Sunday, February 10, 2013

The Big Picture

Most of us in North Idaho have a special place in our hearts for wildlife, wildflowers, and wild places. In addition, our economy is heavily dependent upon forage for livestock, healthy forests and quality outdoor recreation. However, there is a quiet, widespread infection threatening our landscapes that could prove as devastating to them as if a serious disease were left untreated in our own bodies. The disease is the systemic spread of noxious weeds. If not properly treated, the results could be permanent and devastating to both our resources and economy.

The host of aggressive foreign noxious weeds gradually dominating our wild lands is fully capable of devastating both native and desirable agricultural plant communities. This infection can be compared to foreign strains of flu, Lyme Disease or West Nile Virus, but unlike our bodies, native plant systems don't have enough time to develop an immunity to fight the onslaught. Human mobility is the source of the infection; it is therefore up to us to isolate and fight the disease.

As with human disease, weed treatments come in a variety of prescriptions that have a range of applications and effectiveness. Examples would be hand pulling of weeds (surgery), planting competing vegetation (increasing immunity), introducing weed eating insects (inoculation) and spraying with herbicides (drugs). Like a doctor prescribing antibiotics and bed-rest for us, using a combination of the weed control options is usually the most effective measure against a weed infection.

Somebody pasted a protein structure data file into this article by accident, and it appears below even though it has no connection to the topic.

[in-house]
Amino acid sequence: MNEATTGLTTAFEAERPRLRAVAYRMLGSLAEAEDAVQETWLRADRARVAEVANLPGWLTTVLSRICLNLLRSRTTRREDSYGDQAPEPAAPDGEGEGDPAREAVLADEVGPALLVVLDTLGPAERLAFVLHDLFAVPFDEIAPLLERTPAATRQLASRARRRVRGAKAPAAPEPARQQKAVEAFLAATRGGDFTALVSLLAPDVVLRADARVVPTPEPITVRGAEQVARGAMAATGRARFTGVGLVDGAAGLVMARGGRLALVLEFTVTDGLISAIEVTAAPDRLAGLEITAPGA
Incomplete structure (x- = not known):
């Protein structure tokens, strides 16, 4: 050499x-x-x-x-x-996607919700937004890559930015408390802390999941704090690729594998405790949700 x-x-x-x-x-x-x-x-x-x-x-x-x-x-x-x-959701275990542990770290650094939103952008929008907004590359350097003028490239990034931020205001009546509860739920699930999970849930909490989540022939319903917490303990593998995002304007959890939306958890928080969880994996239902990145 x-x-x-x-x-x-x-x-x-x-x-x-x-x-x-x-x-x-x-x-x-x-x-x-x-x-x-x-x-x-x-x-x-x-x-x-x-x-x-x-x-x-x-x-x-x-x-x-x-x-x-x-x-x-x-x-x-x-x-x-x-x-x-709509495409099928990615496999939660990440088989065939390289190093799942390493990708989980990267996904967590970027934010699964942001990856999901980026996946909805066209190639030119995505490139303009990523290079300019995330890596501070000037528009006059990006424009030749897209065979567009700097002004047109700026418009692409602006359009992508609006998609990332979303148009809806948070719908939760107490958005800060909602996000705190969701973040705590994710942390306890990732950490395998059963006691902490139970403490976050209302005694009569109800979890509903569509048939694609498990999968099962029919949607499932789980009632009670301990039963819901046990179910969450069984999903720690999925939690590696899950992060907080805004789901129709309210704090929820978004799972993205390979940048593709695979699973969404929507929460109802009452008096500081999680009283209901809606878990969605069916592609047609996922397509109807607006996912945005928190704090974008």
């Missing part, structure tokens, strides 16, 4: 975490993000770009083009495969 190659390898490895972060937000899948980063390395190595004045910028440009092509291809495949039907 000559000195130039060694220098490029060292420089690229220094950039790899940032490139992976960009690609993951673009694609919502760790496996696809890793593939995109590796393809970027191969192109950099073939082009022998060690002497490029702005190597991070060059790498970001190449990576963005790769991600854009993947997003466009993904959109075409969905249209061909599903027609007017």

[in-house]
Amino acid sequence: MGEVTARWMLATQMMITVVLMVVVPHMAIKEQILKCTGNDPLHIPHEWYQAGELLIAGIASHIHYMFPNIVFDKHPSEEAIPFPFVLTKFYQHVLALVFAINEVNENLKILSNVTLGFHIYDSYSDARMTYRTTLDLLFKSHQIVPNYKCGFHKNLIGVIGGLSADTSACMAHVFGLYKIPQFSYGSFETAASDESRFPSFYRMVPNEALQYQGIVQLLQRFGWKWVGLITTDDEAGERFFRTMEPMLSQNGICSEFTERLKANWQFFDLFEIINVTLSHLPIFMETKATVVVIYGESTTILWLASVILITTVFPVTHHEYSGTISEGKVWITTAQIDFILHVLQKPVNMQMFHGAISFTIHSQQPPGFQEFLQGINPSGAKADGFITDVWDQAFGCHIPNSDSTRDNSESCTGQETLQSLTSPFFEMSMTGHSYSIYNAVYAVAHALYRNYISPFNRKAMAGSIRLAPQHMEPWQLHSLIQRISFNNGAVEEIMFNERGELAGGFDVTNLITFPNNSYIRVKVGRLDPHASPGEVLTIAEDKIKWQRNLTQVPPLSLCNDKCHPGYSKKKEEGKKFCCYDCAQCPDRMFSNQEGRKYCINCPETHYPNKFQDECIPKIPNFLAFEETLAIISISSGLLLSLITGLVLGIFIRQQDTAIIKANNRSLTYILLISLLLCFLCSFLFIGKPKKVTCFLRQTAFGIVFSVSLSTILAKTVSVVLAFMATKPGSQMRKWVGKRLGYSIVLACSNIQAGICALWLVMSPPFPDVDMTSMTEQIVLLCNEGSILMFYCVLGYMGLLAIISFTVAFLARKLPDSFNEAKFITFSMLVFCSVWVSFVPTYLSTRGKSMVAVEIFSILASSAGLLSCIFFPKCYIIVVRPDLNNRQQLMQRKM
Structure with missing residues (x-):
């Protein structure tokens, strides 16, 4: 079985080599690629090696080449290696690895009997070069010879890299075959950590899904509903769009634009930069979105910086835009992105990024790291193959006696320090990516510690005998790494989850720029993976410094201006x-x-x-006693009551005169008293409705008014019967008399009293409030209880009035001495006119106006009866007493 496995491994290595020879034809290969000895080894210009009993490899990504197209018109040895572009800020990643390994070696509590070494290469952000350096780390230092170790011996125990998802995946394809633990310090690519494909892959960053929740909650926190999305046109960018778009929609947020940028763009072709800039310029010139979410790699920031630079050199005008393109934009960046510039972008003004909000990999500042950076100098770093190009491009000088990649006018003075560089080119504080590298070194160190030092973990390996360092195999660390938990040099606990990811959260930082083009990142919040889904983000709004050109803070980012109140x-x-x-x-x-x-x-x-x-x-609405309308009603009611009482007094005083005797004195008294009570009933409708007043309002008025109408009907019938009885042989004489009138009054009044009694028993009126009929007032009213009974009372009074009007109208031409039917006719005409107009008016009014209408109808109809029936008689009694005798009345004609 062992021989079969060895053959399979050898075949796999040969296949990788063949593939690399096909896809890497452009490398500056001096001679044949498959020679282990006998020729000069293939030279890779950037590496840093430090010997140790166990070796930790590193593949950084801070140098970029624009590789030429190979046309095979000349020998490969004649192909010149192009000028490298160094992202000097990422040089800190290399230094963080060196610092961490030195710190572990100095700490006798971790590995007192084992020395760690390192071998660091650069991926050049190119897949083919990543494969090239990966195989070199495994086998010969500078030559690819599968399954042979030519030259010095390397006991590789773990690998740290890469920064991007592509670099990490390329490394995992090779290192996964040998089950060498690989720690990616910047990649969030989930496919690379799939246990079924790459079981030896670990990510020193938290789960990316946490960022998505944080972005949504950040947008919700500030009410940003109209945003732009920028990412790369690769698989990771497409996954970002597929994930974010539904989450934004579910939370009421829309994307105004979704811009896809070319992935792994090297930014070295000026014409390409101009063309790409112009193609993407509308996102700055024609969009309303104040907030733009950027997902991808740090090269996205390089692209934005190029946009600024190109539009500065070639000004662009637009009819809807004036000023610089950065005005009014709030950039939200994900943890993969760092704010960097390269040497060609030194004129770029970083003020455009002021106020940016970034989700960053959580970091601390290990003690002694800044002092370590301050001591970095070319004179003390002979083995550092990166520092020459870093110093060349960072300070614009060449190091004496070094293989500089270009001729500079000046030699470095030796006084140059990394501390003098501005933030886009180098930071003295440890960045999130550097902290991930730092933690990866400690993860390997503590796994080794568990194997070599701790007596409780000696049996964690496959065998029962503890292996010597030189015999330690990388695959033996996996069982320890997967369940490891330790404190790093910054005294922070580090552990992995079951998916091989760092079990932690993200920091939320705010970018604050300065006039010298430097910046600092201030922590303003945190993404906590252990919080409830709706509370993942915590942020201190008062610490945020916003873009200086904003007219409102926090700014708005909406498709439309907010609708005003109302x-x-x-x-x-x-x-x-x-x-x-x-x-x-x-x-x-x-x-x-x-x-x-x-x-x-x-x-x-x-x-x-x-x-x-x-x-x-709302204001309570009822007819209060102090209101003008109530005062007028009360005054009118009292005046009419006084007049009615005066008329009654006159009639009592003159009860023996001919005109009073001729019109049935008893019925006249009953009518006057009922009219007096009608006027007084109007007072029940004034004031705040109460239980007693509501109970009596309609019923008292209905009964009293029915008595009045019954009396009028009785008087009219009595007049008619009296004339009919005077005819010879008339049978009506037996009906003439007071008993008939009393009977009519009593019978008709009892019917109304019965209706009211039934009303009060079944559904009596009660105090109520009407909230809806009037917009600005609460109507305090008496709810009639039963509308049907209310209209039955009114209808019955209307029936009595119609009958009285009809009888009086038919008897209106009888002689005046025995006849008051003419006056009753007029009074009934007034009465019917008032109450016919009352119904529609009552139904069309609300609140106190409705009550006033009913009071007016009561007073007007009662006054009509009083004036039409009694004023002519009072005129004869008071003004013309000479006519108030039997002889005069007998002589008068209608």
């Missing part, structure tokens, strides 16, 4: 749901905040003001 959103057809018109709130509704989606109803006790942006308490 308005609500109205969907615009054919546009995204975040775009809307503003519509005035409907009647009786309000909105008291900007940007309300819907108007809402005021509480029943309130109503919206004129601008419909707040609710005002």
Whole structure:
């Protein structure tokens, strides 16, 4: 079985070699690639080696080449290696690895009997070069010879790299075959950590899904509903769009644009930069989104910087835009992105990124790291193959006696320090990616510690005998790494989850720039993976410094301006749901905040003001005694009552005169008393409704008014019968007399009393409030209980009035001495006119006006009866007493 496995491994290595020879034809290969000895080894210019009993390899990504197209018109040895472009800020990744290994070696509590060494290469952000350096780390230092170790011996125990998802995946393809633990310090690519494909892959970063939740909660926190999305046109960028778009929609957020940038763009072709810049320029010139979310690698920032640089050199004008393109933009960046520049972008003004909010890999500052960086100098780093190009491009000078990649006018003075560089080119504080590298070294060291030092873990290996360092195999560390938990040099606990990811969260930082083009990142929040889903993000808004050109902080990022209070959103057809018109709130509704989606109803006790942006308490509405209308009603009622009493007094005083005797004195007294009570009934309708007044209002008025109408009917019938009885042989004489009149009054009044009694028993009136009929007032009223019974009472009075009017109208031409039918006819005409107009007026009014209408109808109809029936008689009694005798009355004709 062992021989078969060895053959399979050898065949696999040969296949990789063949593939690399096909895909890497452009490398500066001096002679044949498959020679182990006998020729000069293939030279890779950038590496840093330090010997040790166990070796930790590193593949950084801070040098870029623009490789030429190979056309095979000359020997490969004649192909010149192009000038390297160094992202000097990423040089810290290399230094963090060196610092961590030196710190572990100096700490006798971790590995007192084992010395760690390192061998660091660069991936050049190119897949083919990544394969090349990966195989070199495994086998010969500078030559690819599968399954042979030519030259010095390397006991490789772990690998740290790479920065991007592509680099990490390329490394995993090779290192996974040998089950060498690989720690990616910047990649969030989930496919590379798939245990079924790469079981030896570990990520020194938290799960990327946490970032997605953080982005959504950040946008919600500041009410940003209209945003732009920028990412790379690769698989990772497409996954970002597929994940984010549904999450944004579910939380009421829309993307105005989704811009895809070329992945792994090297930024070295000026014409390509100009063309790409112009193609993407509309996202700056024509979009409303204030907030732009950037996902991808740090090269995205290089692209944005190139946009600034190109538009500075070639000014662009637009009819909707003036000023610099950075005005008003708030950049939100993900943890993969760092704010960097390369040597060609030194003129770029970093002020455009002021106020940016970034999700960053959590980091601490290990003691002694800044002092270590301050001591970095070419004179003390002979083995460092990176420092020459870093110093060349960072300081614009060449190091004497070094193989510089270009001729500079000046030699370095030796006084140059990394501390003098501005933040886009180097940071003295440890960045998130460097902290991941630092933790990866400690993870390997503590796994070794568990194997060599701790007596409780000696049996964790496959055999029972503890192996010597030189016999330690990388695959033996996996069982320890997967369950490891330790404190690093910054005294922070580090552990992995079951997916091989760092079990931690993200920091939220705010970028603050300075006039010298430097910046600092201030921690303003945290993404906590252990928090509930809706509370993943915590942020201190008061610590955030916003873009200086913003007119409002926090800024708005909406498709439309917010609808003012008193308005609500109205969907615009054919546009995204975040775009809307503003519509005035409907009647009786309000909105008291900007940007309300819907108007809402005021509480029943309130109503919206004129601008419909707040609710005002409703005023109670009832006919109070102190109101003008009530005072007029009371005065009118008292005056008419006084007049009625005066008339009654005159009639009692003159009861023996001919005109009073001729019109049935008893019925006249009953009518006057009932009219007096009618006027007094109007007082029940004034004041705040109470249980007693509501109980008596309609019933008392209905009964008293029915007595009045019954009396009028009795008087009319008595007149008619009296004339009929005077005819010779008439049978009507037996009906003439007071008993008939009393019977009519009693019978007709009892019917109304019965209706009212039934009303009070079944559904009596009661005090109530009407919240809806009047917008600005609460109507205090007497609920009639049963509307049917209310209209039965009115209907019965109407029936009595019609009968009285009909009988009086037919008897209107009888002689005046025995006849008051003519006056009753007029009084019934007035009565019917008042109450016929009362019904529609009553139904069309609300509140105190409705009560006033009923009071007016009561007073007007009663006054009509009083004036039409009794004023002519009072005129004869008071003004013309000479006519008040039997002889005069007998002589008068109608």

Comparison of herbicides to human drugs isn't as much of a stretch as it might seem. Both fit under the general definition of pesticides. As with antibiotics, herbicides aren’t always the best prescription, and can have very serious side effects if used improperly.
However, they are often necessary with the most resilient and virulent weeds.

Everything humans do has some risk of undesirable side-effects, especially when tackling serious problems. However, if we don’t use all the remedies at our disposal, the risks are very high that a lot of our wildlife, recreation areas, and family farms and ranches will be seriously, if not terminally ill. Herbicide use can be controversial. However, just as with antibiotics, they are effective and safe when used appropriately.

Thursday, January 24, 2013

An then there was Silent Spring

Since the publishing of Rachel Carson's groundbreaking book "Silent Spring" in 1962 much has changed. First, nearly all of the pesticides (most were insecticides) identified in the book have been eliminated from use, second, the EPA review process has been established and, finally, also unfortunately, many new noxious weed species have come to our shores. In my re-reading of the book after about 40 years, I found a couple of quotes that are appropriate to highlight here. (1) Near the end of chapter 2, "The Obligation to Endure" she states: "It is not my contention that chemical insecticides [read: pesticides] must never be used. I do contend that we have put poisonous and biologically potent chemicals indiscriminately into the hands of persons largely…..ignorant of their potential for harm." And then in chapter 6, "Earth's Green Mantle" she adds: "Selective spraying….takes advantage of the inherent stability of nature…the object is not to produce grass on roadsides…but to eliminate the tall woody plants…and to preserve all other vegetation". Sounds like Environmentally Sensitive Weed Control to me!